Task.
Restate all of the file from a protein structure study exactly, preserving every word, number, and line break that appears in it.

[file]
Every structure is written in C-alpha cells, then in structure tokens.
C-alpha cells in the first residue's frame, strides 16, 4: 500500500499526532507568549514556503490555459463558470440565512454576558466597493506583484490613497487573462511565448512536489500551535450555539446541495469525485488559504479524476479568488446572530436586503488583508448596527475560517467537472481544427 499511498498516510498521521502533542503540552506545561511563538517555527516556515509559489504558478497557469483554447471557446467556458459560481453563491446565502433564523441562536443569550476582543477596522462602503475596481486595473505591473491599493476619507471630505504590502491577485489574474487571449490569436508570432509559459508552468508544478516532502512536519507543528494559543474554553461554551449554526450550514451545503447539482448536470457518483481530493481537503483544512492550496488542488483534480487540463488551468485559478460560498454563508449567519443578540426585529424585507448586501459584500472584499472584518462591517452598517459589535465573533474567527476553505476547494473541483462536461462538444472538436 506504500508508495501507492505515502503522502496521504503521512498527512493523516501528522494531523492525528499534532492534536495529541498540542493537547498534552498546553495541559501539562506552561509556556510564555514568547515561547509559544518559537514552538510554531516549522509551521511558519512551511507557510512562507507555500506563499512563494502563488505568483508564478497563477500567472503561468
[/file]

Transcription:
Every structure is written in C-alpha cells, then in structure tokens.
C-alpha cells in the first residue's frame, strides 16, 4: 500500500499526532507568549514556503490555459463558470440565512454576558466597493506583484490613497487573462511565448512536489500551535450555539446541495469525485488559504479524476479568488446572530436586503488583508448596527475560517467537472481544427 499511498498516510498521521502533542503540552506545561511563538517555527516556515509559489504558478497557469483554447471557446467556458459560481453563491446565502433564523441562536443569550476582543477596522462602503475596481486595473505591473491599493476619507471630505504590502491577485489574474487571449490569436508570432509559459508552468508544478516532502512536519507543528494559543474554553461554551449554526450550514451545503447539482448536470457518483481530493481537503483544512492550496488542488483534480487540463488551468485559478460560498454563508449567519443578540426585529424585507448586501459584500472584499472584518462591517452598517459589535465573533474567527476553505476547494473541483462536461462538444472538436 506504500508508495501507492505515502503522502496521504503521512498527512493523516501528522494531523492525528499534532492534536495529541498540542493537547498534552498546553495541559501539562506552561509556556510564555514568547515561547509559544518559537514552538510554531516549522509551521511558519512551511507557510512562507507555500506563499512563494502563488505568483508564478497563477500567472503561468